The Jackson Lake Dam and Creating a Community

When the temporary dam burst, and lake water flooded the plains, construction began in earnest on the Jackson Lake Dam. It expanded the natural Jackson Lake and harnessed the water to be used for agriculture in the area. The creation of this dam brought thousands of people into the surrounding area who were attracted by the new farming opportunities. A previously uninhabited area of Wyoming began to be settled.

In 1907, after the success of the Minidoka Dam, construction began for a new dam on the Snake River in Wyoming. Benjamin Sheffield, who ran the Teton Lodge near where the dam is presently located, suggested the dam to the reclamation service to help limit spring runoff and to allow him to build more lodges for travelers and wealthy hunters. A temporary dam was constructed to hold water until other water storage needs for facilities could be calculated. This temporary dam was inefficient for agriculture, as it made the bottom lands too wet to build and for agriculture. In 1910, due to rot and poor maintenance, the temporary dam failed, flooding the nearby area. Workers of the Minidoka project filled the broken parts of the dam with dirt to mitigate the flow of water. Soon after, concrete was added to help strengthen the dam. Finally, it was determined necessary to build the planned permanent structure quickly to save money on upkeep.

The construction of this dam led to the development of the surrounding area. The nearby city of Moran exploded with activity, filled with workers, engineers, and tourists, who came to see the engineering spectacle and to enjoy local hunting and visiting Yellowstone. Small towns popped up along the roads used by the construction crew that would help the progress of settling this area of Wyoming. Within the next decade, over 30,000 visitors a year came through this area, stabilizing the local economy.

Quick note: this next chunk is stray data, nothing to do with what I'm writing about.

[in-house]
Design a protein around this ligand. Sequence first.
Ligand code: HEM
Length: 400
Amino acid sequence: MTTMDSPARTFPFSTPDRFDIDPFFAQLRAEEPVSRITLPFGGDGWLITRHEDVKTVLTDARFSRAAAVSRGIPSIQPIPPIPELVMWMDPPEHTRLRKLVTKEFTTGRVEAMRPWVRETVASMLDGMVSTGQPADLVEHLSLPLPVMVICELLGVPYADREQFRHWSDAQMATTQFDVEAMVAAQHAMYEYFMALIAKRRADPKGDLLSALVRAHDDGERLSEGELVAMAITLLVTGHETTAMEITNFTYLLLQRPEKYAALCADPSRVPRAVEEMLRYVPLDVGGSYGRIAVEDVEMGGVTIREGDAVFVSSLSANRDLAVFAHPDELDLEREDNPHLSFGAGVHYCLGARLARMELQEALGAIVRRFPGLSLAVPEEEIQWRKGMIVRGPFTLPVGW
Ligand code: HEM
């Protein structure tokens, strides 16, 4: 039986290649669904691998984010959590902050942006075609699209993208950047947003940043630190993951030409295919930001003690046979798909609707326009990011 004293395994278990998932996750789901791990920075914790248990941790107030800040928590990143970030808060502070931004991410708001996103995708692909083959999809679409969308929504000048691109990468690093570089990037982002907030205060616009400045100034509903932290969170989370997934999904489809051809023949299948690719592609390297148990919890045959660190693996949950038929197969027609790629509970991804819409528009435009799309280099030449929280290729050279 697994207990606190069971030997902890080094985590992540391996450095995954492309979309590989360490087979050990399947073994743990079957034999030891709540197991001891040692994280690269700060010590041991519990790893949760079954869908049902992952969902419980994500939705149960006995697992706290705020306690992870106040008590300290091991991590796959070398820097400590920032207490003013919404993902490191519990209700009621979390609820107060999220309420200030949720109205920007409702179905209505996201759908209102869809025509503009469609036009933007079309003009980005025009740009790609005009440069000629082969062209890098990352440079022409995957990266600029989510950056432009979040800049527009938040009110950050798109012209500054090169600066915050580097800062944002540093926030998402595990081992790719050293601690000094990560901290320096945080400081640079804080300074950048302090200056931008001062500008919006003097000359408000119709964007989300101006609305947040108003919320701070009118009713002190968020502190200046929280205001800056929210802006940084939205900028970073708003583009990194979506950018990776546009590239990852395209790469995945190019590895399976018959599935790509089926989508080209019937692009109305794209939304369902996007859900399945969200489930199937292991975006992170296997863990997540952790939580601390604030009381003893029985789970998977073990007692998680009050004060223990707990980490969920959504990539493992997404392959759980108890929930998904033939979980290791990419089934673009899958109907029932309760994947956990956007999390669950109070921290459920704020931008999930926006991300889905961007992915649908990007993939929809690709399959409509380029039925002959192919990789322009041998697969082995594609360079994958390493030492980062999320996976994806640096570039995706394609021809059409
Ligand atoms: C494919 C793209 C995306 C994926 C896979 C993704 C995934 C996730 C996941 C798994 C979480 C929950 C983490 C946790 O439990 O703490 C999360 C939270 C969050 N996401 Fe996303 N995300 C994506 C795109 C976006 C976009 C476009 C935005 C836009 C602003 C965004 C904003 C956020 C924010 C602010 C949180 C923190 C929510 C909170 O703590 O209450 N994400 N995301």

The purpose of this dam was to regulate the water level in the lake, in order to help promote farming in Idaho through irrigation. It was meant to ease pressure on the local homesteaders who were struggling to maintain their 160-acre farms without sufficient water. These homesteaders would be expected to pay back the cost of the dam within 10 years of its completion. It was completed in 1916, creating a lake capable of storing 847,000 acre-feet of water. In 1977, the Bureau of Reclamation began renovations on the dam to strengthen the foundation in case of an earthquake. Most of the dam was completely replaced. This dam has no hydroelectric capabilities, although some recent proposals have called for the addition of a power plant to supply the nearby cities with cheaper electricity. The dam is about 8 miles long and over two miles long at its widest, including two large islands, Elk Island and Donoho point, and a number of smaller islands near the coast. It is stocked with many different breeds of trout as well as the native Snake River cutthroat trout and the mountain whitefish. It is one of the few lakes allowed for motorboat use, and the largest close to the Grand Teton.